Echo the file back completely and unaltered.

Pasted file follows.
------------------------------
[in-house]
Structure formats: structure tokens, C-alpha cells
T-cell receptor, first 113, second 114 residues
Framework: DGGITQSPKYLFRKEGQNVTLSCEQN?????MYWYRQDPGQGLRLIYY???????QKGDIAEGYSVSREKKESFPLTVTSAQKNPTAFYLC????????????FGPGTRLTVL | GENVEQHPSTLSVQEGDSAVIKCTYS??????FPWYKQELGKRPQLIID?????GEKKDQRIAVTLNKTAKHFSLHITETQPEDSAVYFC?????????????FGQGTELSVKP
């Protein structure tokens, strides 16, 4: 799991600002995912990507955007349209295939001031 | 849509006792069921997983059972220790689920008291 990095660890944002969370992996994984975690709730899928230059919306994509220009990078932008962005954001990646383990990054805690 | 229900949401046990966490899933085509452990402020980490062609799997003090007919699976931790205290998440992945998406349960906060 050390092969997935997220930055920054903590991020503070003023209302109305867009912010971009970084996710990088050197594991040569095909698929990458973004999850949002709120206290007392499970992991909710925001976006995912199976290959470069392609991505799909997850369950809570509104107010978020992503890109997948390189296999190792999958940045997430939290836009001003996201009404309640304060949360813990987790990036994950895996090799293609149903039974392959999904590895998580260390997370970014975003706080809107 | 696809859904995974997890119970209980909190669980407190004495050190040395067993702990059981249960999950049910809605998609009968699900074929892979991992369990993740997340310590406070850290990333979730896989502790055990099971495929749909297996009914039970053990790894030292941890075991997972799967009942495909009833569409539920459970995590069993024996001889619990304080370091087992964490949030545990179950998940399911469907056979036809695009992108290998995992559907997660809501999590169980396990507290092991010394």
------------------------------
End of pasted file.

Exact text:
[in-house]
Structure formats: structure tokens, C-alpha cells
T-cell receptor, first 113, second 114 residues
Framework: DGGITQSPKYLFRKEGQNVTLSCEQN?????MYWYRQDPGQGLRLIYY???????QKGDIAEGYSVSREKKESFPLTVTSAQKNPTAFYLC????????????FGPGTRLTVL | GENVEQHPSTLSVQEGDSAVIKCTYS??????FPWYKQELGKRPQLIID?????GEKKDQRIAVTLNKTAKHFSLHITETQPEDSAVYFC?????????????FGQGTELSVKP
């Protein structure tokens, strides 16, 4: 799991600002995912990507955007349209295939001031 | 849509006792069921997983059972220790689920008291 990095660890944002969370992996994984975690709730899928230059919306994509220009990078932008962005954001990646383990990054805690 | 229900949401046990966490899933085509452990402020980490062609799997003090007919699976931790205290998440992945998406349960906060 050390092969997935997220930055920054903590991020503070003023209302109305867009912010971009970084996710990088050197594991040569095909698929990458973004999850949002709120206290007392499970992991909710925001976006995912199976290959470069392609991505799909997850369950809570509104107010978020992503890109997948390189296999190792999958940045997430939290836009001003996201009404309640304060949360813990987790990036994950895996090799293609149903039974392959999904590895998580260390997370970014975003706080809107 | 696809859904995974997890119970209980909190669980407190004495050190040395067993702990059981249960999950049910809605998609009968699900074929892979991992369990993740997340310590406070850290990333979730896989502790055990099971495929749909297996009914039970053990790894030292941890075991997972799967009942495909009833569409539920459970995590069993024996001889619990304080370091087992964490949030545990179950998940399911469907056979036809695009992108290998995992559907997660809501999590169980396990507290092991010394």